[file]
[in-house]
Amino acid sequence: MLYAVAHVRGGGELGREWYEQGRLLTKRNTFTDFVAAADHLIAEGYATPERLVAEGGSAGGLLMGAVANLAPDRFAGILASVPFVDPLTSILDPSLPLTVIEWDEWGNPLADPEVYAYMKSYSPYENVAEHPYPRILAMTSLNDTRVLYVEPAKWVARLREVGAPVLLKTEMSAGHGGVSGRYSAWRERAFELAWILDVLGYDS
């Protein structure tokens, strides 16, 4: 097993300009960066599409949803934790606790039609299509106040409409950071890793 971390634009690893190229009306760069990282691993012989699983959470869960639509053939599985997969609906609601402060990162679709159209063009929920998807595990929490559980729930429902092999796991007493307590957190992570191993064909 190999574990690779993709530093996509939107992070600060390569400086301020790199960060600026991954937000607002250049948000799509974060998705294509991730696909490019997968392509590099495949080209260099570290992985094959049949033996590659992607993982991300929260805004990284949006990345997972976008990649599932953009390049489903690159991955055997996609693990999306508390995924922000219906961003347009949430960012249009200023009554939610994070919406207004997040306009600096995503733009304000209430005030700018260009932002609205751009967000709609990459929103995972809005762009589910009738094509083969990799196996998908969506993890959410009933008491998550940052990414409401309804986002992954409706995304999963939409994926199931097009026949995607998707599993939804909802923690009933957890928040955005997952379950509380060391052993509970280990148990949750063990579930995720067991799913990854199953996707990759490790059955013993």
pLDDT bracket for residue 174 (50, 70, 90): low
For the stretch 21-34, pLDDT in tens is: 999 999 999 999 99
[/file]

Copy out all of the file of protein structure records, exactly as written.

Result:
[in-house]
Amino acid sequence: MLYAVAHVRGGGELGREWYEQGRLLTKRNTFTDFVAAADHLIAEGYATPERLVAEGGSAGGLLMGAVANLAPDRFAGILASVPFVDPLTSILDPSLPLTVIEWDEWGNPLADPEVYAYMKSYSPYENVAEHPYPRILAMTSLNDTRVLYVEPAKWVARLREVGAPVLLKTEMSAGHGGVSGRYSAWRERAFELAWILDVLGYDS
């Protein structure tokens, strides 16, 4: 097993300009960066599409949803934790606790039609299509106040409409950071890793 971390634009690893190229009306760069990282691993012989699983959470869960639509053939599985997969609906609601402060990162679709159209063009929920998807595990929490559980729930429902092999796991007493307590957190992570191993064909 190999574990690779993709530093996509939107992070600060390569400086301020790199960060600026991954937000607002250049948000799509974060998705294509991730696909490019997968392509590099495949080209260099570290992985094959049949033996590659992607993982991300929260805004990284949006990345997972976008990649599932953009390049489903690159991955055997996609693990999306508390995924922000219906961003347009949430960012249009200023009554939610994070919406207004997040306009600096995503733009304000209430005030700018260009932002609205751009967000709609990459929103995972809005762009589910009738094509083969990799196996998908969506993890959410009933008491998550940052990414409401309804986002992954409706995304999963939409994926199931097009026949995607998707599993939804909802923690009933957890928040955005997952379950509380060391052993509970280990148990949750063990579930995720067991799913990854199953996707990759490790059955013993």
pLDDT bracket for residue 174 (50, 70, 90): low
For the stretch 21-34, pLDDT in tens is: 999 999 999 999 99